Music review: Deacon Blue & Gary Clark at Edinburgh Castle

With many of his 80s peers already back on the campaign trail, it was a pleasure to witness Danny Wilson frontman Gary Clark's first live performance in 20 years, even if it was a miserable night for a comeback, with much of Deacon Blue's audience sensibly sheltering in local hostelries before the main event.

Ricky Ross of Deacon Blue performing at Edinburgh Castle PIC: Calum Buchan Photography
Ricky Ross of Deacon Blue performing at Edinburgh Castle PIC: Calum Buchan Photography

Deacon Blue/Gary Clark ***

Edinburgh Castle Esplanade

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Nevertheless, there were various cries of appreciation from around the esplanade for a musician who has spent the last couple of decades writing songs for others but still sounded in supple shape as he delivered earnest piano melodrama, a lovely plangent guitar tone and acoustic versions of the soaring Mary’s Prayer and The Second Summer of Love (in decidedly non-summery conditions) shorn of their shiny production.

Were Clark planning on making this a more regular occurrence, it would be great to see him in an intimate club next time, all the better to appreciate his blue-eyed soul balladry.

This year, Deacon Blue are marking the 30th anniversary of their debut album Raintown and the elemental irony was not lost on the assembly, as footage of splashing water played on the big screens and the audience donned their disposable ponchos in preparation for a damp but uncowed celebration. Their best-loved album was inspired by Glasgow but Edinburgh couldn’t have set the scene better.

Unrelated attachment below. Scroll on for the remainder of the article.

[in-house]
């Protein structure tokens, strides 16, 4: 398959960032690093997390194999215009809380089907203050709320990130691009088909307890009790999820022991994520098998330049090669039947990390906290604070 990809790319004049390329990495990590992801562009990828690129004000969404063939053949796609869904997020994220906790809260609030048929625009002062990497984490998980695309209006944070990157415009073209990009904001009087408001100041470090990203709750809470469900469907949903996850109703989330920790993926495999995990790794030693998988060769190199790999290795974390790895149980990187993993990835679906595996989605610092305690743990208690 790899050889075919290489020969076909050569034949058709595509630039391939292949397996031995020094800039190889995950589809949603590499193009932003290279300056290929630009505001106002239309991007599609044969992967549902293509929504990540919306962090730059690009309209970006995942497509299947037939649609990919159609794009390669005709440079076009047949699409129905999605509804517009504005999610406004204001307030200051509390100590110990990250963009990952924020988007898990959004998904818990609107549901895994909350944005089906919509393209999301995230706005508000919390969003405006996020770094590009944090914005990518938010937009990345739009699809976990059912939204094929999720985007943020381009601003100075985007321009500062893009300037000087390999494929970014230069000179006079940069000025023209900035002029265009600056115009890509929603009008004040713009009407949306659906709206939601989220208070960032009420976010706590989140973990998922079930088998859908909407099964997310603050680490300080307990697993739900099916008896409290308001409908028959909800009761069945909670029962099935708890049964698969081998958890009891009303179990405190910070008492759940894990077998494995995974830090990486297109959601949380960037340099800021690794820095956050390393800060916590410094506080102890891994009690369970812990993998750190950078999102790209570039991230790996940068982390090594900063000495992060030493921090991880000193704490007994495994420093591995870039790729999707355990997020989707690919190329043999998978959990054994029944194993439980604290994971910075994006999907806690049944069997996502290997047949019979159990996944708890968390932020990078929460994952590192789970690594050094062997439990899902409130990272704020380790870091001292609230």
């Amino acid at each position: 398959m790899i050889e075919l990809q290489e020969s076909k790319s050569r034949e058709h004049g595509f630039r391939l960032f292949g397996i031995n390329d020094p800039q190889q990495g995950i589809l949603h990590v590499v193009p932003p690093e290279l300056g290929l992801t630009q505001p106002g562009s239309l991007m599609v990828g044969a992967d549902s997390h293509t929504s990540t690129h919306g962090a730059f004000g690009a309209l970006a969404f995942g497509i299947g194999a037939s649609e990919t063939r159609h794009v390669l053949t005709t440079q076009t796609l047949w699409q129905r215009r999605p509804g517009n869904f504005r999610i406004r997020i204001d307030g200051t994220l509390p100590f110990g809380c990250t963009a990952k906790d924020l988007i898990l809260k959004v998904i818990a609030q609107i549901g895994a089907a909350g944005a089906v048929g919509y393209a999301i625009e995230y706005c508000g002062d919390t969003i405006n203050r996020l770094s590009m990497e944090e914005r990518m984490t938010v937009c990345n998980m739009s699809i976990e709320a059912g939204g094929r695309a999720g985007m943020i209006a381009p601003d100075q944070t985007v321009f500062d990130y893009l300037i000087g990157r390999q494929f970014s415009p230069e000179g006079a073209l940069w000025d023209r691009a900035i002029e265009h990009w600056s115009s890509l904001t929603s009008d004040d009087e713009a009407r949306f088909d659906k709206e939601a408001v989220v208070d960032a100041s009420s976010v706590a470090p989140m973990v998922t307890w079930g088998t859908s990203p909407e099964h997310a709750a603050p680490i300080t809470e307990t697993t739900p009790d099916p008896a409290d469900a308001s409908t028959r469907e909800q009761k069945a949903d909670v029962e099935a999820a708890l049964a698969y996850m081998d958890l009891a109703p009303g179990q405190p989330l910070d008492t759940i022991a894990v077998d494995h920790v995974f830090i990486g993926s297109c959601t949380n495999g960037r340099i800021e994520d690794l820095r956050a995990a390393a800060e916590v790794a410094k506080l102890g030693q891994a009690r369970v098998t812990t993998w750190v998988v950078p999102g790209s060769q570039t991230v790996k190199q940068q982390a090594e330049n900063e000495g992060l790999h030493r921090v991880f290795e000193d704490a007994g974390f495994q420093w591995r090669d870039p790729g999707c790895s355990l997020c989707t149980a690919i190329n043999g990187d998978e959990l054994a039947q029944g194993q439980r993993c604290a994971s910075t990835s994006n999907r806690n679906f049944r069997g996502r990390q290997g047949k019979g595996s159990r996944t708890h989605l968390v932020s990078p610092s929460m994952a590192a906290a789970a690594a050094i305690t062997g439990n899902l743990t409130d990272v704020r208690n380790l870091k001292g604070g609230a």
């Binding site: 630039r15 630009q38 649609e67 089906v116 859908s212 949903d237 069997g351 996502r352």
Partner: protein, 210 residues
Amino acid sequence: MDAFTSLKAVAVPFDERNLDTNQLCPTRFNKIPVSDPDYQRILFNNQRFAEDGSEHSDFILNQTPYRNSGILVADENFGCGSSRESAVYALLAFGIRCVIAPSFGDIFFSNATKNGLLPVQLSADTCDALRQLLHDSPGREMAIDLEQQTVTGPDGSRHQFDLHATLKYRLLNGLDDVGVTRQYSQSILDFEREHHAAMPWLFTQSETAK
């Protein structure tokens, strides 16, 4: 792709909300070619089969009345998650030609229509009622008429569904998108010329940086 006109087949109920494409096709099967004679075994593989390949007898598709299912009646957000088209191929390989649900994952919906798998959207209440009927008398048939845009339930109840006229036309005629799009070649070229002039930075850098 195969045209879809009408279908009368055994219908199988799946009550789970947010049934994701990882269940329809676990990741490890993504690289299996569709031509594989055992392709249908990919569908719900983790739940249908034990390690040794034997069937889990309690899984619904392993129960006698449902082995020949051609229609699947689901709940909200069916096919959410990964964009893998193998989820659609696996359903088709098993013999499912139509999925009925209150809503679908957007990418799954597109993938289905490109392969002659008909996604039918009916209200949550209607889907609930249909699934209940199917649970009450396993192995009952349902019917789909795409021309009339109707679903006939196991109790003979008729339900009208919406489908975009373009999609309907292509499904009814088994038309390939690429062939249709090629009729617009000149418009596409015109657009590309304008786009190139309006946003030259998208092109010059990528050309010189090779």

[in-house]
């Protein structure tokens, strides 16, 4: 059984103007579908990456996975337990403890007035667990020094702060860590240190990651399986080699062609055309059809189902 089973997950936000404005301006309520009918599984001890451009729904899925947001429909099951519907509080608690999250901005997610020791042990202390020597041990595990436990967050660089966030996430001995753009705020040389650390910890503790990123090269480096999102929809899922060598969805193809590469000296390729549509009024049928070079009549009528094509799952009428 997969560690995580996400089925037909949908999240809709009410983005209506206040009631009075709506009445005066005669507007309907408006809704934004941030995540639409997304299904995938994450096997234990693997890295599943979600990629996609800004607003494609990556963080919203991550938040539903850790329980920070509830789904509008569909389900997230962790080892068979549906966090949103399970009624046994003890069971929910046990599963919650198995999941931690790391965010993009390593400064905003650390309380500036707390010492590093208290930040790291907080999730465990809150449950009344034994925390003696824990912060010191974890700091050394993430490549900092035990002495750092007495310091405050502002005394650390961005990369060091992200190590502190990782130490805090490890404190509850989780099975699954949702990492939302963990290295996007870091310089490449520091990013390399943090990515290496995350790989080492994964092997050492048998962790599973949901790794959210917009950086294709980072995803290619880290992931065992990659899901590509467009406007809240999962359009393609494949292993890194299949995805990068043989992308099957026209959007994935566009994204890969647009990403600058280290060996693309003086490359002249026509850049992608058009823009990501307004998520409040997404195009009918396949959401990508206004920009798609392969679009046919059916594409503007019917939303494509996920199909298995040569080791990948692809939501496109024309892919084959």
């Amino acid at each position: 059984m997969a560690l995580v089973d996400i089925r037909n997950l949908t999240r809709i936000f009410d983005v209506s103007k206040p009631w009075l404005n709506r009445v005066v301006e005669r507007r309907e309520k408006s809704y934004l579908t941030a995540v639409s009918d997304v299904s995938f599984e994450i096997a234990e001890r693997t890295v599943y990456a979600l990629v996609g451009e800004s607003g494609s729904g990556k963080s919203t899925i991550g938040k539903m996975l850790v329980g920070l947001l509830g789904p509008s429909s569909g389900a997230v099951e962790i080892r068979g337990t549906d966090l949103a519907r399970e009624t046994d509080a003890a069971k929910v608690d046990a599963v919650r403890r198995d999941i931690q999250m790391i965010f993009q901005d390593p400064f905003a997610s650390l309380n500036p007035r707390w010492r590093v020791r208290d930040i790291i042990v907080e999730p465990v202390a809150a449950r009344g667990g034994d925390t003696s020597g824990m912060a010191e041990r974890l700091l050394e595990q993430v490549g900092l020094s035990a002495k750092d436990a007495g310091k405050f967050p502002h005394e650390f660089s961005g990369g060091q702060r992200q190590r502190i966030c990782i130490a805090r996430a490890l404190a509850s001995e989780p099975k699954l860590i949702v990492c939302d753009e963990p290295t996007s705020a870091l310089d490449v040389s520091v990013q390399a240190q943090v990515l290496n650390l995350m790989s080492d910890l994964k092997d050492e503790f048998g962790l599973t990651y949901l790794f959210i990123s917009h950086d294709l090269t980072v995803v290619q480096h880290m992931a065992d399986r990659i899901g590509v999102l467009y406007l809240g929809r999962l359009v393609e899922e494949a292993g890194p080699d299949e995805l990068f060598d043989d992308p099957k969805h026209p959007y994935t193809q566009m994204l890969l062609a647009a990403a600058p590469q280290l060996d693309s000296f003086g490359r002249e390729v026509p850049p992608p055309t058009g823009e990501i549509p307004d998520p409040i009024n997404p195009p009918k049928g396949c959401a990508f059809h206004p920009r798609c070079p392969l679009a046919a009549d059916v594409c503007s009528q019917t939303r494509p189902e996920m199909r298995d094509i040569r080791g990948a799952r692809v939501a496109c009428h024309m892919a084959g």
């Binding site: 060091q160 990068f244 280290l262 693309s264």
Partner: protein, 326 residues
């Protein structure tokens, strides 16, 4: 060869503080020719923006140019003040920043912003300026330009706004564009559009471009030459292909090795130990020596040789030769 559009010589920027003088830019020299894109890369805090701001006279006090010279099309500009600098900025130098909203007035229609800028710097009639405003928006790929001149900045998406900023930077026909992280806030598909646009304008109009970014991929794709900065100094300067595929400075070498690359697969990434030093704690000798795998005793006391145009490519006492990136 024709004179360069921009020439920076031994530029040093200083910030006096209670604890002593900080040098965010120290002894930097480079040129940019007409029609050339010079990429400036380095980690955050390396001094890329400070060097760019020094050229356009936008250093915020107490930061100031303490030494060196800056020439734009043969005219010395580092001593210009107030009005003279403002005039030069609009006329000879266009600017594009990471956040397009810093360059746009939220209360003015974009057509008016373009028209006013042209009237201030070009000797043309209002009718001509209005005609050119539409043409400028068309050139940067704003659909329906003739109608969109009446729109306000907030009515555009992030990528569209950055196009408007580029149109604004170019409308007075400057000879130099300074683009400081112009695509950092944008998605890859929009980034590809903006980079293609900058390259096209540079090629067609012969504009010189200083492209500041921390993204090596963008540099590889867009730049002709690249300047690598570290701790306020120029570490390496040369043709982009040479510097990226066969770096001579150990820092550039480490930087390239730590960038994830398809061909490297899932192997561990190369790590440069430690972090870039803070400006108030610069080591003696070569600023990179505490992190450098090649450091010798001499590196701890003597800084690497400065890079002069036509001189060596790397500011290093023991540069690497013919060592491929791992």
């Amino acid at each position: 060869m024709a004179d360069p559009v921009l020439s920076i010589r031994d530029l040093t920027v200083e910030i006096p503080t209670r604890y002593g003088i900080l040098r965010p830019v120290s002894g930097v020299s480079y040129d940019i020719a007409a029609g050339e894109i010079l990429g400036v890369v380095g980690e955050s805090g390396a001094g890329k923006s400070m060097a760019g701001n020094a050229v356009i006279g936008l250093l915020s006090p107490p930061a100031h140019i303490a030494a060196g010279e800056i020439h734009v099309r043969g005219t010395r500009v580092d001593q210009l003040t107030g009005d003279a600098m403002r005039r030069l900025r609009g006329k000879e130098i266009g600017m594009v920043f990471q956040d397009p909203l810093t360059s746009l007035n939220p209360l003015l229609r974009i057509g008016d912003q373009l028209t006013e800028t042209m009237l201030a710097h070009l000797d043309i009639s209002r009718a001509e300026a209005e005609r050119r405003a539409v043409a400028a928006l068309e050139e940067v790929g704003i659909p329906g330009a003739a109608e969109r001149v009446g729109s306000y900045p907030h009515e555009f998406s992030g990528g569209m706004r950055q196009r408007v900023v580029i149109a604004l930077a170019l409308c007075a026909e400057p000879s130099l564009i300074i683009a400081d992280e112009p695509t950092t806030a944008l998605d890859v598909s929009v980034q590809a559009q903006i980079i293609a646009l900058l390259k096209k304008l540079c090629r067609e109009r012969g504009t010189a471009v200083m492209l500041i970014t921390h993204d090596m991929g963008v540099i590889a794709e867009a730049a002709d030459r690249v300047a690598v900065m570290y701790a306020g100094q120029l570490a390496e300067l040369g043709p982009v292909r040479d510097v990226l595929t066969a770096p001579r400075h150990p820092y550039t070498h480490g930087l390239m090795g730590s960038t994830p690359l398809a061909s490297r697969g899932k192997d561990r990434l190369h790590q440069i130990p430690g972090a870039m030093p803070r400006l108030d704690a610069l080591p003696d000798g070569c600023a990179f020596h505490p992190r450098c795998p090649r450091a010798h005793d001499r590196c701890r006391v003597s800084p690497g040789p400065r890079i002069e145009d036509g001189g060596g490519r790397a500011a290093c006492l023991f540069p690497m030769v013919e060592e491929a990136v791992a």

An ebullient Wages Day and Queen of the New Year were dispatched to warm up the crowd with the band attacking the set, metaphorically dragging their pals up on the dancefloor for the time of their lives. Ricky Ross, in particular, has honed his pop preacher persona to slick perfection and there was a fair bit of ham theatrics along the way, which could be forgiven in the overall scheme of keeping the party going through the rain.

In addition to the swelling title track, Raintown produced many of the band’s most enduring songs, from the blushing serenade of Loaded to the rallying cry of Dignity. Chocolate Girl was sweetened by a snippet of the Dan Penn/Spooner Oldham number I’m Your Puppet and Clark joined the band for a brooding When Will You (Make My Telephone Ring), with additional gospel flourishes from James Prime on the organ.

The likes of Real Gone Kid and Fergus Sings The Blues would have made a natural conclusion to their set but there was a closing cover version treat especially for Edinburgh – a last waltz to The Proclaimer’s Sunshine on Leith.